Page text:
force do on the barbell?
II. Energy
A. Definition
It turns out that energy is so fundamental, like space and time, that there is no good
answer to this question. However, just like space and time, that doesn't stop us from
doing very useful calculations with energy.
Energy is defined as the ability to do work.
We may not be able to define energy, but because it is a conserved property of
nature, it's a very useful idea.
II. Energy
B. Types
II. Energy
B. Types
Energy can come in different forms.
1. Non Mechanical Energy
• non mechanical energy is energy that is not related to mechanics; in
other words, no work was done
• There are five examples you should be familiar with:
a.
b.
c.
d.
e.
Thermal (Heat) Energy
Chemical Energy
Electrical Energy
Nuclear Energy
Electromagnetic Radiation (R M I V U X G)
II. Energy
B. Types
2. Mechanical Energy
• When work is done to an object, it acquires energy..
• The energy it acquires is known as mechanical energy.
• There are two forms of mechanical energy:
a. Potential Energy – energy of position
b. Kinetic Energy – energy of motion
a. Potential Energy
A barbell of mass "m" is lifted vertically upwards a distance "h" by an outside
force. How much work does that outside force do on the barbell?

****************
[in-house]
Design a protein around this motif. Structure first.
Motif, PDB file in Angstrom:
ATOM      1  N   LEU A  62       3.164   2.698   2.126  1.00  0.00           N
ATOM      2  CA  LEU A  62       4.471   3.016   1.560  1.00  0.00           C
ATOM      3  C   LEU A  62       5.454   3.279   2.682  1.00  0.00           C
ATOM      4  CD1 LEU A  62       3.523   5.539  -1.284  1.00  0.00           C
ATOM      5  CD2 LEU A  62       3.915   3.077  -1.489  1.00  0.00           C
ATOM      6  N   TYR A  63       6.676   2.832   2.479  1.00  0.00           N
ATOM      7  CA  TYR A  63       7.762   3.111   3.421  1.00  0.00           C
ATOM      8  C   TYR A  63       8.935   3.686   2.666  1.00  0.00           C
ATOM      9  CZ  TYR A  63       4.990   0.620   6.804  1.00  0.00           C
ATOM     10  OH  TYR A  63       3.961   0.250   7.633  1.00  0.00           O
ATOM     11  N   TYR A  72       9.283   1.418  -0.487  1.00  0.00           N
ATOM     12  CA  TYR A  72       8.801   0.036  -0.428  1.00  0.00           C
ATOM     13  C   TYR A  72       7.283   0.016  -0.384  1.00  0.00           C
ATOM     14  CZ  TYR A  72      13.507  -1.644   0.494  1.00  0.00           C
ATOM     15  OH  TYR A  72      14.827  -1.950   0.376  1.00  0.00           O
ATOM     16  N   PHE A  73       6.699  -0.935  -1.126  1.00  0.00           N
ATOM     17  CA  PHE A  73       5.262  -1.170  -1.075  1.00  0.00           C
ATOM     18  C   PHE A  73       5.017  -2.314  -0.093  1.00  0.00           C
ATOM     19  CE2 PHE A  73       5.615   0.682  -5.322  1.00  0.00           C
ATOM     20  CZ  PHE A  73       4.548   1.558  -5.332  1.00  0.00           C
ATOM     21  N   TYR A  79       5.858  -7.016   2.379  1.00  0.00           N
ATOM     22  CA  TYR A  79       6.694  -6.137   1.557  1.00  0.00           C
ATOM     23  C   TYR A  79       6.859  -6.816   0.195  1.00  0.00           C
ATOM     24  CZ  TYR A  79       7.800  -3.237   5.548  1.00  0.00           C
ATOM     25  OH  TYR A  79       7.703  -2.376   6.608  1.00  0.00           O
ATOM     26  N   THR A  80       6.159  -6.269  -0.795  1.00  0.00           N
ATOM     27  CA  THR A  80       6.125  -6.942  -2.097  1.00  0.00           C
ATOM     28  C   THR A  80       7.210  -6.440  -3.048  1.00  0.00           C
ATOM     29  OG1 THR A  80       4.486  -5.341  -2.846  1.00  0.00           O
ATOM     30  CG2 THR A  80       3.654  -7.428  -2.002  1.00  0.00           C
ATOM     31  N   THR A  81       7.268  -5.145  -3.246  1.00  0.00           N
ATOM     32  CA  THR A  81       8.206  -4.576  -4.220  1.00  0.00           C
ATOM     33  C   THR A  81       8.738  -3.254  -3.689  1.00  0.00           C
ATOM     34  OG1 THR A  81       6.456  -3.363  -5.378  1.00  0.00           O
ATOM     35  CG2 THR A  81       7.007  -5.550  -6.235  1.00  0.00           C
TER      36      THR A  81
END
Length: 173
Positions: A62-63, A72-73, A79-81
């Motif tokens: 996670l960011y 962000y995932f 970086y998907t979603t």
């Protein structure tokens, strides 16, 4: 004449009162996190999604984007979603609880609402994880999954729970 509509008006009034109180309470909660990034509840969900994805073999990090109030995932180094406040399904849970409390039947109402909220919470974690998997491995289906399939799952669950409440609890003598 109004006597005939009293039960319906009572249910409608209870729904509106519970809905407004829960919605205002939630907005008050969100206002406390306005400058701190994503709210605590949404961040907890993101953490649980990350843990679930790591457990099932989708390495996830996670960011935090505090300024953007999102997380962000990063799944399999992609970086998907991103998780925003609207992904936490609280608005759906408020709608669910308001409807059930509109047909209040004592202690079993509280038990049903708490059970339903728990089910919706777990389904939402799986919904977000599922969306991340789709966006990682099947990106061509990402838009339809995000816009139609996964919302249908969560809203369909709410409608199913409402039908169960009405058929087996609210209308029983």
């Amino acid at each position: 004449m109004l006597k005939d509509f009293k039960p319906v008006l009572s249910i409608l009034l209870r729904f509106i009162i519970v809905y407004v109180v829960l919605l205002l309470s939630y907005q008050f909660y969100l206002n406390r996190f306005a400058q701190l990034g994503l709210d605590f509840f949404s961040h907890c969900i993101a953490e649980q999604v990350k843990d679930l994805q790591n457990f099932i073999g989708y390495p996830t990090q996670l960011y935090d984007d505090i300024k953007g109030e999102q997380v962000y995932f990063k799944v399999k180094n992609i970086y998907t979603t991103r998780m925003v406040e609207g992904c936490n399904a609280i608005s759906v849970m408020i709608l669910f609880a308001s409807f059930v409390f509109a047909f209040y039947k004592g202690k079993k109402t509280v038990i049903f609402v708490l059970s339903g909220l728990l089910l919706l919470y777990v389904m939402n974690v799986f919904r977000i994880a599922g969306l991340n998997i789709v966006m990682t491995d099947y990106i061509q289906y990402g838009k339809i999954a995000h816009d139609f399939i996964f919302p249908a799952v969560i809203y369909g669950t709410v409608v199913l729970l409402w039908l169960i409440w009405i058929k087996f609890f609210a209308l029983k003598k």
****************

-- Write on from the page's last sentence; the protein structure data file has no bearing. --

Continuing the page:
F
app
mg
W = Fdparallel
Since a = 0, Fapp = mg
W = (mg) dparallel
Since F and d are in the same
W = (mg) h
direction ...and dparallel = h
W = mgh
i. Gravitational Potential Energy
The name for this form of energy—when work is done against gravity--is
Gravitational Potential Energy (GPE).
GPE = mgh
What is the change of GPE for a 5.0 kg object which is raised from the
floor to a final height of 2.0m above the floor?
9
As an object falls, its GPE always _____.
A
increases
B
decreases
C
stays the same
10
What is the change of GPE for a 8.0 kg object which is lowered from an
initial height of 2.0 m above the floor to a final height of 1.5m above the
floor?
11
What is the change in height of a 2.0 kg object which gained 16 J of
GPE?
12
ii. Elastic Potential Energy
Energy can be stored in a spring, this energy is called
Elastic Potential Energy.
Robert Hooke first observed the relationship between the
force necessary to compress a spring and how much the
spring was compressed.
Hooke's Law
Fspring = -kx
k represents the spring constant and is measured in N/m.
x represents how much the spring is compressed and is measured as you would
expect, in meters.
The - sign tells us that this is a restorative force.
(if you let the spring go once it is compressed, it
will go back to its original position)
Elastic Potential Energy
The energy imparted to the spring by this work must be stored in the Elastic Potential
Energy (EPE) of the spring:
EPE = 1/2 k x
2
Like all forms of energy, it is measured in Joules (J).
Determine the elastic potential energy stored in a spring whose spring
constant is 250 N/m and which is compressed 8 cm.
21
What is the spring constant of a spring that is compressed 5 cm and
has 0.65 J of elastic potential energy stored in it?
22
How much does a spring with a spring constant of 500 N/m need to be
compressed in order to store 1.75 J of elastic potential energy?
23
A 3 kg mass compresses a spring 2.5 cm. What is the spring constant?
24